When Nicki Minaj released Queen on Friday, the album included a predictable cast of A-list guest vocalists — acts like Future, the Weeknd, Ariana Grande and Lil Wayne. But one singer on Queen is less well-known to American listeners: Labrinth, who co-wrote, co-produced and sang on “Majesty,” a schizophrenic, hard-hitting record with an astoundingly fast verse from Eminem.
Labrinth is a singer-songwriter-producer with a long resume that includes previous placements with Rihanna (“Lost in Paradise” from Unapologetic), the Weeknd (“Stargirl Interlude” from Starboy) and Ed Sheeran (“Save Myself” from ÷). In the U.K., Labrinth has also reached the Top 20 several times as a featured vocalist with Tinie Tempah and Sigma.
This year, the triple-threat is starting to raise his profile Stateside: In addition to appearing on one of Queen‘s keystone tracks, Labrinth recently started LSD, a collaborative project with Diplo and Sia. The group’s first two singles have amassed over 100 million combined views on YouTube. Labrinth took a break from working in the studio to discus the creation of “Majesty” and why LSD is an ideal collaboration.
How did “Majesty” initially come together?
I was making wild records in the studio. That’s basically where I live. I call musicians Gollums. We’re all Smeagols, working on our precious. I sung the “Majesty” chorus — it sounds like a sample, but I play piano and four instruments. I wanted it to feel like a Beatles record or a classic late Sixties-, early Seventies-style record. But then I wanted to switch from that into a crazy hip-hop drop. I missed classic hip-hop. I wanted to make an upgrade of that energy.
What’s classic hip-hop for you?
I remember listening to Big Pun. They used this diminished cluster chord — a lot of hip-hop records in the Nineties would have this crazy piano sample and then throw in an odd jazz diminished chord in the middle of the beat. I wanted to make an electronic energy that had some of those elements. And I wanted to make it feel like there were all these samples going on, but everything on the record was either me making noises with my mouth or just playing piano and synths in my studio.
What do you like about that Nineties effect?
You’d listen to old-school Red Garland records, classic jazz, and hip-hop would cut in pieces of magic from genius musicians and records from way before. You can borrow so many different genres. I think of music like that. Even with my intro, I’m going, I grew up with the Beatles, Bowie, gospel, and I want to mesh everything into my own thing. Hopefully people got that — let’s go Electric Light Orchestra into some head-banging beat with modern day electronics.
That funny “boom shang-a-lang” bit was you as well?
Yeah, it was my idea. I love weird shit on records! I sampled my own voice and tried to sound like maybe 1950s shit. It brings comedy into a hard beat.
Did you add the outro which have more of a dancehall feel?
Nicki came up with the idea. It’s got my drum feel in it. They wanted to extend the record a little bit.
How did the record get to Nicki’s ears?
I heard about the Queen album, and I was like, this beat is perfect for that energy, that message. So I sent a few records over. With a lot of these artists, you send records, you don’t know if it’s gonna make it. But it went with her theme, Nicki really loved it, and before you know it, she put this crazy-ass verse on [“Majesty”]. Her A&R played it for me and I was like, “this shit is wild.” I didn’t know about Eminem on the record. When I heard it, my head just blew up.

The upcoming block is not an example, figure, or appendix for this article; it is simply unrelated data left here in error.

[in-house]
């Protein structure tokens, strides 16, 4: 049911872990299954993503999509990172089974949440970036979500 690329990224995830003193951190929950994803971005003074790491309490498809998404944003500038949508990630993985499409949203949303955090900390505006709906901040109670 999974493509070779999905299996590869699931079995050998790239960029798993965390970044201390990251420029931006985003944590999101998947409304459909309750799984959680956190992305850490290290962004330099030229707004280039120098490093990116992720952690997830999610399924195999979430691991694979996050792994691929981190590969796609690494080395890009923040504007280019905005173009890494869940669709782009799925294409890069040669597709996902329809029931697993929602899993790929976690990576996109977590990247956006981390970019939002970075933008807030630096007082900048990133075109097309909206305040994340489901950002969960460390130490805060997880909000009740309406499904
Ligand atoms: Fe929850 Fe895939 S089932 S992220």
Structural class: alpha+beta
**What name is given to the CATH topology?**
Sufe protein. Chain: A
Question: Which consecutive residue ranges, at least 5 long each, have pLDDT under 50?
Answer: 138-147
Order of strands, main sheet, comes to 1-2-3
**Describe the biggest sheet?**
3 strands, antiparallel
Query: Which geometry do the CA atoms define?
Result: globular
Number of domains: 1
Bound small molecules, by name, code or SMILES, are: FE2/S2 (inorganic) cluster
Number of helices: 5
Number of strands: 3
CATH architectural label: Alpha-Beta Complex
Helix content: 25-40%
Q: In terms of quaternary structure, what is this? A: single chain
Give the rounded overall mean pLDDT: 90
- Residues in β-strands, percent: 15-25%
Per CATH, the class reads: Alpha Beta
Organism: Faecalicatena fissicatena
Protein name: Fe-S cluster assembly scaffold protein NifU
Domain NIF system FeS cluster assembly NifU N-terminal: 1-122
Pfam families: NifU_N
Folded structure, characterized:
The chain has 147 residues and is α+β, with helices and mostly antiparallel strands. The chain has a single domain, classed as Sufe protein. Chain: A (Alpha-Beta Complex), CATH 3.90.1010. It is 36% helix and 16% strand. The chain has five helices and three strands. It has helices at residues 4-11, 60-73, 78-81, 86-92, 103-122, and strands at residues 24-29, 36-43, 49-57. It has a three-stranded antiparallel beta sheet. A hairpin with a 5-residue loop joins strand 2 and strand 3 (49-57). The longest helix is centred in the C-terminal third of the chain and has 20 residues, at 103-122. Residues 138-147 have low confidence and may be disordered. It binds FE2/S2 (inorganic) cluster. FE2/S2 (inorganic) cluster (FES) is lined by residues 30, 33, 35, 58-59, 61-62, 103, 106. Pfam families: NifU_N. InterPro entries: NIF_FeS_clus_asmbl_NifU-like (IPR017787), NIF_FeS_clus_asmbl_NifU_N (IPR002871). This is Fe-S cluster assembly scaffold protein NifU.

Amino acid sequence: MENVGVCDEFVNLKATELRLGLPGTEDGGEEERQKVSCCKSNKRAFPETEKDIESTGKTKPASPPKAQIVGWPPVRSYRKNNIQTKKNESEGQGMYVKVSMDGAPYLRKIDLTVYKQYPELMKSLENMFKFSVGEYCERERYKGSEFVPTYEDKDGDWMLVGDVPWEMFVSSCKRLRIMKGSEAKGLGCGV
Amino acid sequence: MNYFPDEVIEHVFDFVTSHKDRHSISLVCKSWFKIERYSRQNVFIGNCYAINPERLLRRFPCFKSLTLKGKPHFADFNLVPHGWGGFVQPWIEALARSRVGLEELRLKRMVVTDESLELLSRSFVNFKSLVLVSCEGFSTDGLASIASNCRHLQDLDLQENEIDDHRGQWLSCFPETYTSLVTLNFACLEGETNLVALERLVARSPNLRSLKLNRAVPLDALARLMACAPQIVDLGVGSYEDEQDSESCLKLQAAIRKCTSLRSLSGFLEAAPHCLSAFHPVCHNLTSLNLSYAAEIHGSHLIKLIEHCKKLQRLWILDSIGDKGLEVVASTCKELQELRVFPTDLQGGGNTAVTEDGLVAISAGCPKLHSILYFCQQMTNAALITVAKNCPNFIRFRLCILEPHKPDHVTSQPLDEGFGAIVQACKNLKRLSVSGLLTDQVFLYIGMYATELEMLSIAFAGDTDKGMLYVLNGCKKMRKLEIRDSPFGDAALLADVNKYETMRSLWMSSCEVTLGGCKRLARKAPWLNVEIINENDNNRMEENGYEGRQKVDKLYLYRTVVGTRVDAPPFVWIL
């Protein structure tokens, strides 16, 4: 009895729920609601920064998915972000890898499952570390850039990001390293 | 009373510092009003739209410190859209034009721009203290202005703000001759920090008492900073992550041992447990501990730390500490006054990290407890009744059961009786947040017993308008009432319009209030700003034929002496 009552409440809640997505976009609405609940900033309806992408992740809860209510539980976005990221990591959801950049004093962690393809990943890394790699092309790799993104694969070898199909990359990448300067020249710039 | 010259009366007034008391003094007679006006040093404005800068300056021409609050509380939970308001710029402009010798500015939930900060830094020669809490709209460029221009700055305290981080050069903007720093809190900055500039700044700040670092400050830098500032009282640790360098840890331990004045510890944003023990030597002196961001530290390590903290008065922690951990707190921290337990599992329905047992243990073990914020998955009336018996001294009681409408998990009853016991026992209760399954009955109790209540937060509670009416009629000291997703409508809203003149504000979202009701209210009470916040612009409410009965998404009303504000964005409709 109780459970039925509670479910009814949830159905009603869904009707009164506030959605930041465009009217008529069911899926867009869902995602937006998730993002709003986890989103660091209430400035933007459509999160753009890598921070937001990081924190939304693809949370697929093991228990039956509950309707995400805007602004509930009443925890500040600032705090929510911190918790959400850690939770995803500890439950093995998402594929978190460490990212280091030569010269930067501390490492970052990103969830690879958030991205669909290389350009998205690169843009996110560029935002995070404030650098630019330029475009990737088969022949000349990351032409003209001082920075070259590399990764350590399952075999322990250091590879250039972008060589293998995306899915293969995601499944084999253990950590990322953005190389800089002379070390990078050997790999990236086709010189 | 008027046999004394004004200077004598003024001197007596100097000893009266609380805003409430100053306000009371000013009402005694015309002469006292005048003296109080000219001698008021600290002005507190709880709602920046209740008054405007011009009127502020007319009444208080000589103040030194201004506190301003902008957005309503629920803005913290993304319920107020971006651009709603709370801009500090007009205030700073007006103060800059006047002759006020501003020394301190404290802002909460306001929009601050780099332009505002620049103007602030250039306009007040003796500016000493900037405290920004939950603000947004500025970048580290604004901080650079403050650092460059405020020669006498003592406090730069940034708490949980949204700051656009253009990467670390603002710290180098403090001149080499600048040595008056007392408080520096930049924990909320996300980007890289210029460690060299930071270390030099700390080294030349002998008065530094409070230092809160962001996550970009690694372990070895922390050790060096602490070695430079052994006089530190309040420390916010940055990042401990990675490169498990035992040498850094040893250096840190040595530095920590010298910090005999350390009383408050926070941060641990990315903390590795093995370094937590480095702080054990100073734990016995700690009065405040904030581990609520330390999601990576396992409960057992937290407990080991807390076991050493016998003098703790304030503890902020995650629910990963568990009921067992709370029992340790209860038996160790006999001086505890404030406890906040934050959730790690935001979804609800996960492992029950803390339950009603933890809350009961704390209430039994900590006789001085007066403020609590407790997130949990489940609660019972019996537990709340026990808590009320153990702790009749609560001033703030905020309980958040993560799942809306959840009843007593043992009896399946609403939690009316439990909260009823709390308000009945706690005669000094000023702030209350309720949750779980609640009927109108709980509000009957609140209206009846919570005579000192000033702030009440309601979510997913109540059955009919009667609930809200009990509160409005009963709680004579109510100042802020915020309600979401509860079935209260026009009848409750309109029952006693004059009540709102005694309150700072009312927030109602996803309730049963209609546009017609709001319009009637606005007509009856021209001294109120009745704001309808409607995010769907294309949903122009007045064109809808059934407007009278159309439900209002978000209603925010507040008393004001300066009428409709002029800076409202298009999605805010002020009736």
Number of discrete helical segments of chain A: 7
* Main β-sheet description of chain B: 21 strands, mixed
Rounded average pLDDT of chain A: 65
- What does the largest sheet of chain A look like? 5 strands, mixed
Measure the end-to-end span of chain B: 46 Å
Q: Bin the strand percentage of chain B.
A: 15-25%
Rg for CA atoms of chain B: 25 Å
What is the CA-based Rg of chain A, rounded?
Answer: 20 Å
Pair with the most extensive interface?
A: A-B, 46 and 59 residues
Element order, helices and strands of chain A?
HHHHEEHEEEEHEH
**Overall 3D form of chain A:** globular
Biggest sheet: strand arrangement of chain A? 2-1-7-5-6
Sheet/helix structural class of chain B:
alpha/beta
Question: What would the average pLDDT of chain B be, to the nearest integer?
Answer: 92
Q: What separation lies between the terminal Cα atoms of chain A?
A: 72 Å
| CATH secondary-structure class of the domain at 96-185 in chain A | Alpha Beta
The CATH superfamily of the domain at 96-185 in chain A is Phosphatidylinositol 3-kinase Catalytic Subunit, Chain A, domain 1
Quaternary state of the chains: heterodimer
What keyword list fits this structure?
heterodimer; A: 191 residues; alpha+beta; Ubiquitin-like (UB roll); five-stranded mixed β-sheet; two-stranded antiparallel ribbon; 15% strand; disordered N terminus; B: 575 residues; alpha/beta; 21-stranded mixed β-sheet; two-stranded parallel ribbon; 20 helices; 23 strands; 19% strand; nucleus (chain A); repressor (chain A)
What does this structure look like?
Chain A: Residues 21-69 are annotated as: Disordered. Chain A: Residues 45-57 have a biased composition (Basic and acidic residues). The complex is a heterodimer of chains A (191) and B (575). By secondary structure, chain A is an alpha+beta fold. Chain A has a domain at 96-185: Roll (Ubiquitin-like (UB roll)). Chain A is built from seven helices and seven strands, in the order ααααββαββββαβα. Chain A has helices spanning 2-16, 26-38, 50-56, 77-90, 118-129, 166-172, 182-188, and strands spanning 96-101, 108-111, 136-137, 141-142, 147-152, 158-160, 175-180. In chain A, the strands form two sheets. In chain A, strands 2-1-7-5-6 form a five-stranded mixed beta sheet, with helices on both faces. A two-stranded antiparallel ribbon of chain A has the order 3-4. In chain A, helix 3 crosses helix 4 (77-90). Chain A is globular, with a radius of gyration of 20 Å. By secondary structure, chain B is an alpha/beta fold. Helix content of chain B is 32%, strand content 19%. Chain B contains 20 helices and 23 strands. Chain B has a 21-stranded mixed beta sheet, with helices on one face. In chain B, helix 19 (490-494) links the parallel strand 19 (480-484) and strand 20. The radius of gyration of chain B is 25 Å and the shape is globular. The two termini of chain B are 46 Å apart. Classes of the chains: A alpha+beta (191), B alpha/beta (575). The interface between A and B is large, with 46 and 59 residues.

Had you worked with her camp before?
I’ve worked on Rihanna’s album, the Weeknd’s album, Ed Sheeran’s as well; a lot of these artists have known about me for a while. The Weeknd I ended up working with because he heard a record that was going to be on my upcoming solo album; then we ended up creating “Losers” [from Beauty Behind the Madness]. A lot of my encounters have come from us kind of being fans of each other’s art. Same with LSD, my project with Sia and Diplo. “We’re fans — let’s do something.”
Eminem raps wildly fast over your beat.
Nicki wouldn’t let out that information, but she said she got a massive act to jump on the record. When I heard it was Eminem, nostalgia came back: what a legend. My whole family, all my friends, were like, “what the fuck!? “That’s one of the best verses I’ve heard from Eminem in a long time.
Did you listen to the rest of the album?
I really enjoy “Barbie Dreams.” She went for everyone. I love that.
What’s it like to be a featured vocalist next to someone like Eminem?
I know, it’s like, who’s this Labrinth guy? A lot of the music industry knows about me. It’s just taking time for the world to get to know what I do. Mad respect to Nicki — she can see potential in me before the world does. That’s why she is where she is; she’s ready to help artists make their way as well as using people that are already massively known around the world.
So in addition to your writing and production work, you’re also working on both a solo record and this LSD record?
Yeah, I’m producing my own record, and we decided to make this LSD band as well.
How did you meet Sia and Diplo?
Me and Sia were writing for my album a few years ago. I’m a massive fan of her voice and creatively she’s a beast. I’ve known Diplo for quite a few years as well. I saw him at the Brit Awards, and we had talked about working for so long. When we got the chance to do LSD, we jumped at it, and it’s one of the most creative projects I’ve been involved in. We dress up in crazy outfits, mess around with Sgt. Pepper’s-esque visuals; we’ve created animations for the band. You can be ballsy and be out there. It feels like you’re not the frontman, so it allows us to go as crazy and as fucked up as we want to go. And that works for us.